There may be nothing legally wrong with Chelsea’s approach, but that fails to remove the lingering sour taste their success leaves for many. Chelsea have come to personify the negative elements of commercialised football: Money as the most vital ingredient of success, ‘plastic’ supporters, stockpiling young players and a tendency to publicly eat their sour grapes. Some, or even all, of those accusations may be unfair, but I’m merely reflecting the mood. If Arsenal or Manchester City ground out results in the biggest matches in a similar manner to Chelsea, they would be praised for their resilience. See Arsenal’s result at the Etihad in January as evidence of that.
At the centre of Chelsea’s negative reputation is Mourinho, the leader of the tribe. He stands alongside John Terry as the poster boys of a modern club, a double act that you could imagine standing on stage serenading each other: “No-one likes us, we don’t care.” Made in Chelsea.
“I don’t know why Manchester City are so popular when we weren’t,” Mourinho said in February. “I don’t know why.” It is to the Portuguese’s credit that he kept a straight face throughout, for he knows exactly why.
Mourinho is a wonderful football manager, revelling in the siege mentality he creates. Every word he utters to the media is a calculated attempt to better his own situation, every jibe an attempt to unsettle his opponents. It’s not difficult to gauge why that may not endear him to opposition supporters. He is the most polarising manager in the modern era, antagonising beyond a point others would dare to tread.
Finally come the demands for style, as the ‘football is entertainment’ cliché is wheeled out. Supporters get hung up over the demand for attacking football, stemmed from our preconceived ideas over how football should be played. Growing up as children we dreamt of scoring goals, not saving them. Lionel Messi, Cristiano Ronaldo and Eden Hazard are the stars who will adorn posters in bedrooms. Javier Mascherano, Dani Carvajal and Cesar Azpilicueta represent the functional, not the fancy. Attack beats defence every time.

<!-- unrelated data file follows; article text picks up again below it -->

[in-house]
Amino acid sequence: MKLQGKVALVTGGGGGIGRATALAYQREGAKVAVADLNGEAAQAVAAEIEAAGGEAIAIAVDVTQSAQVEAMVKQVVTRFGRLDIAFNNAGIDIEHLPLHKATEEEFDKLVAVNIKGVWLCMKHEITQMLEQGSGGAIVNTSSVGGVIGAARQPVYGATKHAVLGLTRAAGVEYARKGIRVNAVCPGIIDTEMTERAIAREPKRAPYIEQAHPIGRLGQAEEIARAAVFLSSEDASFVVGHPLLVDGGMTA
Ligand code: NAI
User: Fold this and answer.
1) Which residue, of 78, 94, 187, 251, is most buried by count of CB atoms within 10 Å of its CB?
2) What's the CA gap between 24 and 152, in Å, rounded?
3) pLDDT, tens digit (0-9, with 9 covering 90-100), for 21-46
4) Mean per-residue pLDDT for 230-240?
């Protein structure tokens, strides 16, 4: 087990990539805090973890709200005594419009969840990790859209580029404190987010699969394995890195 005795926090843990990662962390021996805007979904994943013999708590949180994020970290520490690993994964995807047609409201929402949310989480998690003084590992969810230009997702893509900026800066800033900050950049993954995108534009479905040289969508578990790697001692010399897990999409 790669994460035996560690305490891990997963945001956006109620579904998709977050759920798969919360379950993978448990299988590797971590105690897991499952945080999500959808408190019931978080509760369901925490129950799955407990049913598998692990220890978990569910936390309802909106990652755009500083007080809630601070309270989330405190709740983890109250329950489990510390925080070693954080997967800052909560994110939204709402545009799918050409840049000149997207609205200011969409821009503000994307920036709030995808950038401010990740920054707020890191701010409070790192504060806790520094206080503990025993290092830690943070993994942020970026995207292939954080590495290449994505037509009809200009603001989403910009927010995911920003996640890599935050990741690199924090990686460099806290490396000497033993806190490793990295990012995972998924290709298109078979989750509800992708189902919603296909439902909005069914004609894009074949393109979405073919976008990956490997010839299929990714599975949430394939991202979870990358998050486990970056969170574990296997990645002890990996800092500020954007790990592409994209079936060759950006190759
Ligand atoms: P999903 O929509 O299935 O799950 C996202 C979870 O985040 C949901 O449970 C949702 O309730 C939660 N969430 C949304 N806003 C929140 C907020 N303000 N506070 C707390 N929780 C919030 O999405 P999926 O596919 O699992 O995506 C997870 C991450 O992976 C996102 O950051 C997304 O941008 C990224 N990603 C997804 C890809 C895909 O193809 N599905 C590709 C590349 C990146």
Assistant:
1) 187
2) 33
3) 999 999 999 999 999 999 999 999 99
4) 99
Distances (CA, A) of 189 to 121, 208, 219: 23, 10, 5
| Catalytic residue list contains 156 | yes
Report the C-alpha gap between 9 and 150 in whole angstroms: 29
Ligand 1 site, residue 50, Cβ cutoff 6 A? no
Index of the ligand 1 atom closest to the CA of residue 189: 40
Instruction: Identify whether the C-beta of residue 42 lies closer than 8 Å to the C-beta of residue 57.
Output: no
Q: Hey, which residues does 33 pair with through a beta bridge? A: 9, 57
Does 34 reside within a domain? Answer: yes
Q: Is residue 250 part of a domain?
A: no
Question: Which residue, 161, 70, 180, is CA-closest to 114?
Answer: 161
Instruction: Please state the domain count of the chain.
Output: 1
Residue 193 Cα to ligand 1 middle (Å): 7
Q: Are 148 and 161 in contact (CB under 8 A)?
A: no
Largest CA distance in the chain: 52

Herein lies the crucial disconnect: Football may be entertainment to those watching, but not those playing and managing. To them it is business, with winning the only goal. Your ticket price guarantees the product, but not the style. As the demand for instant gratification via success increases, only the result is king whilst the means pales into insignificance. If defending is an element of football success, it’s time to accept that it’s an inevitable part of football.
Last April, Manuel Pellegrini talked about the importance of winning the league title with style. “We have a style of play,” said the Manchester City maanger. “We are an attractive team, we score many goals and we are always thinking to score more goals. That to me has the same importance as winning the title.” That’s a bizarre assessment.
“We will try to do it in the right way,” was Brendan Rodgers’ insistence at a similar time. Suggesting a “right way” indicates that there is a wrong way, but Mourinho would remark that the winning way is the right way. Perhaps that partly explains why neither Pellegrini nor Rodgers have managed to maintain their form of last season. Both are good coaches, but are either true winners?
Above all, Mourinho is a winner. Since joining Porto in 2002, he has won 22 trophies in 705 matches, an average of one every 32 games. It’s a record bettered only Pep Guardiola in the modern era. The Spaniard’s sample size is approximately half as large, and spans two of the greatest club sides in the last 30 years.
Mourinho is angered by the criticism of Chelsea’s style because he doesn’t understand it. It fails to register with any part of his psyche that he could be criticised for doing what he is employed to do. Why would the world place any importance on style when the end goal of victory has not been achieved? Why would possession, shots on target or touches in the final third matter when football is judged only by the number of goals? Why would football teams be measured by aesthetics, as if there is some moral compass to define the success of teams? Why would the ‘right way’ and the winning way ever be mutually exclusive?
“First, have a definite, clear practical ideal; a goal, an objective,” said Greek philosopher Aristotle. “Second, have the necessary means to achieve your ends; wisdom, money, materials, and methods. Third, adjust all your means to that end.” Typical Panathinaikos fan nonsense. “Boring, boring philosophers.”
The best style is the one that is the most effective. There is no right way or wrong way when the method is nothing and the result is everything. You can choose to dislike Mourinho’s style, and many will, but something so successful cannot be demeaned. He sets up his team in the way he knows how to win. That only becomes an issue if you don’t like it. That’s your problem, not his.
Mourinho may have erred slightly when he described Chelsea as “the team that everyone else wants to be”, for he cannot speak for others. Instead, Chelsea are the team Jose Mourinho wants them to be. When they are winning titles, that’s all that matters.